Many of these menu items require grills, ovens and dispensers that are able to handle larger volumes of cooked foods and multiple beverage options.  In addition, Fall and Winter menus often require additional labor to process these menu items.

New advanced kitchen equipment is designed to handle year-round menus, reduce the pressure on labor and adapt products accordingly at the touch of a button such as the Lainox Naboo, Taylor Grills and Taylor Frozen Beverage Freezers.   The new technologies support your aim of consistently creating dishes that deliver on quality every time – often a major headache for foodservice operators.


Question Two: Am I able to absorb higher wages while delivering customer satisfaction?

The minimum wage is the #1 topic of debate across the USA and particularly in the Pacific Northwest where the food service sector has been the most affected.  This is a time for operators to consider new ways of delivering a menu in order to reduce costs and any negative knock-on pricing effect to customers.   New food service equipment is designed to be more efficient and effective in helping to reduce the amount of manpower required; thereby reducing overall wage costs.  In addition, the equipment is able to improve the throughput and ticket times while addressing the reality of rising labor rates we are rapidly seeing in the kitchen.  For example, it is possible to cook a whole recipe at the touch of a button e.g. Lainox Naboo or Taylor Grill.  Cook-and-hold technologies allow for overnight cooking of items that have historically required a cook on premise and overseeing the cooking of roasts, entrees, etc.  Sophisticated smoothie and milkshake machines are able to dispense quality, tasty products with a traditional flavor profile at the touch of a button rather than requiring intensive manpower.  New blenders such as the MagnaBlend incorporate a rinse station for speedier service where signature recipes can be uploaded from a laptop to create consistent quality smoothies avoiding the need to mix complex blends by hand.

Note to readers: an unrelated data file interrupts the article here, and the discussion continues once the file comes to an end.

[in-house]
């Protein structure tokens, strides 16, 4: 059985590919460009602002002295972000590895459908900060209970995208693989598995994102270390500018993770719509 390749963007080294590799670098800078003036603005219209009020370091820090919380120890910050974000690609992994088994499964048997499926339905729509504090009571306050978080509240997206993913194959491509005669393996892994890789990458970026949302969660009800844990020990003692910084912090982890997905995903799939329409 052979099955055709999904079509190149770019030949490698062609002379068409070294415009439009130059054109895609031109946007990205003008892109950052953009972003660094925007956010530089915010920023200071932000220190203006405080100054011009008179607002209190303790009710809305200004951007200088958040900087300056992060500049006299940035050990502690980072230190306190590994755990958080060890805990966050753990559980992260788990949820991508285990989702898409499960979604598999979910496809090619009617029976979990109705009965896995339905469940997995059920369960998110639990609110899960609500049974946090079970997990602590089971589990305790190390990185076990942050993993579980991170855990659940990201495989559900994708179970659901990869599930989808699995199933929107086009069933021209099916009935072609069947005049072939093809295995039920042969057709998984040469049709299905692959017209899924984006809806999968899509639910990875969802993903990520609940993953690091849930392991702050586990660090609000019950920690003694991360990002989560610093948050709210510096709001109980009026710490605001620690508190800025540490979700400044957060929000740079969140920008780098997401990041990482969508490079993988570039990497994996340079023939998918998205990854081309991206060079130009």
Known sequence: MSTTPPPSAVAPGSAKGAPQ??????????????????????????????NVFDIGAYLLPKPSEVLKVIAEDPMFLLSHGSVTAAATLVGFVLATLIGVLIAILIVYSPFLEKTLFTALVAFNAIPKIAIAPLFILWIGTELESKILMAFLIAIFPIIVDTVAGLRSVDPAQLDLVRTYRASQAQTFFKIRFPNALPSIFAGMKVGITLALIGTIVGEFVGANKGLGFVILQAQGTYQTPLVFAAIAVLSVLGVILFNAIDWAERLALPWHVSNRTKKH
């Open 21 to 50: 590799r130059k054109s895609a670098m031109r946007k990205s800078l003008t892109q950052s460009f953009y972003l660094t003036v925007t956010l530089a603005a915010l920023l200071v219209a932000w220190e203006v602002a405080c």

Question 3: Is my Fall and Winter menu plan delivering on what the customer wants?

The millennial generation is focused on sourcing locally, healthful and natural ingredients as well as seasonal ingredients.  This is filtering to the street fast as specials boards on sidewalks boast smoothies and desserts that feature regional ingredients and menu items that include locally sourced meats, fish and produce.  Factor these into your menu to stand-out and drive footfall.  Fall offers a range of tempting on-trend produce and ingredients and in the Pacific Northwest there is a plentiful choice such as blackberries, blueberries, beets, cauliflower, eggplant, beef, seafood – the list goes on.   Whether you are a fine dining restaurant, café, food service or quick service operation, locally sourced and seasonal product can be integrated into your menu – whether as tempting specials or as permanent menu fixtures.